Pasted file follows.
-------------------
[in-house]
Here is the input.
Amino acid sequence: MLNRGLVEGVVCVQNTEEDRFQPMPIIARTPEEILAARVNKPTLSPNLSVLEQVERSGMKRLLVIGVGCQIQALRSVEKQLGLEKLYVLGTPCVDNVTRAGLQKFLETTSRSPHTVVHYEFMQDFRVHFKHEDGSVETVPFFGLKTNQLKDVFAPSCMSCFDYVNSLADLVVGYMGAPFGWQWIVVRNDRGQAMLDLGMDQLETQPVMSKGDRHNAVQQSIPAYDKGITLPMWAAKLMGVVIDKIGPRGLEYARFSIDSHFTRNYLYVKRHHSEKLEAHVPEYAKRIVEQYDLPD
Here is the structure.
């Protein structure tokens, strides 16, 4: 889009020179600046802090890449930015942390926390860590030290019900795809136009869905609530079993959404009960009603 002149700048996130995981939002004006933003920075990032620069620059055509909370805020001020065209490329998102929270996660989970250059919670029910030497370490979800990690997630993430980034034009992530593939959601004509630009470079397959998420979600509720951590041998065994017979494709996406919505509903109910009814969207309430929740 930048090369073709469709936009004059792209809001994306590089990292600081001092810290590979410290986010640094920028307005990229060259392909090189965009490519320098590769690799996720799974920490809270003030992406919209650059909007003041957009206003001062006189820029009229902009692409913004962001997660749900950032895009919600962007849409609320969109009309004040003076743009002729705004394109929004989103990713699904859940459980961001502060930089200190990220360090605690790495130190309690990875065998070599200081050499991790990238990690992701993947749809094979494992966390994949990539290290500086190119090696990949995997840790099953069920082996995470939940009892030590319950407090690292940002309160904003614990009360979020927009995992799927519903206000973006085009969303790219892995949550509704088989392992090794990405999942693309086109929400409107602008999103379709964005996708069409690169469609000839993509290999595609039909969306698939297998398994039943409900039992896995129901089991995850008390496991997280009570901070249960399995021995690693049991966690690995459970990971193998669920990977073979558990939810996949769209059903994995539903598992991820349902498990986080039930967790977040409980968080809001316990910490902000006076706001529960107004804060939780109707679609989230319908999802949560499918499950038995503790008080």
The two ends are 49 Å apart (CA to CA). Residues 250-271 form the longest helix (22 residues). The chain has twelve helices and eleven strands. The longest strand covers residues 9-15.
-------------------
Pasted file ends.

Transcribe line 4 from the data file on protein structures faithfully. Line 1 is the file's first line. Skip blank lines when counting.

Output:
Here is the structure.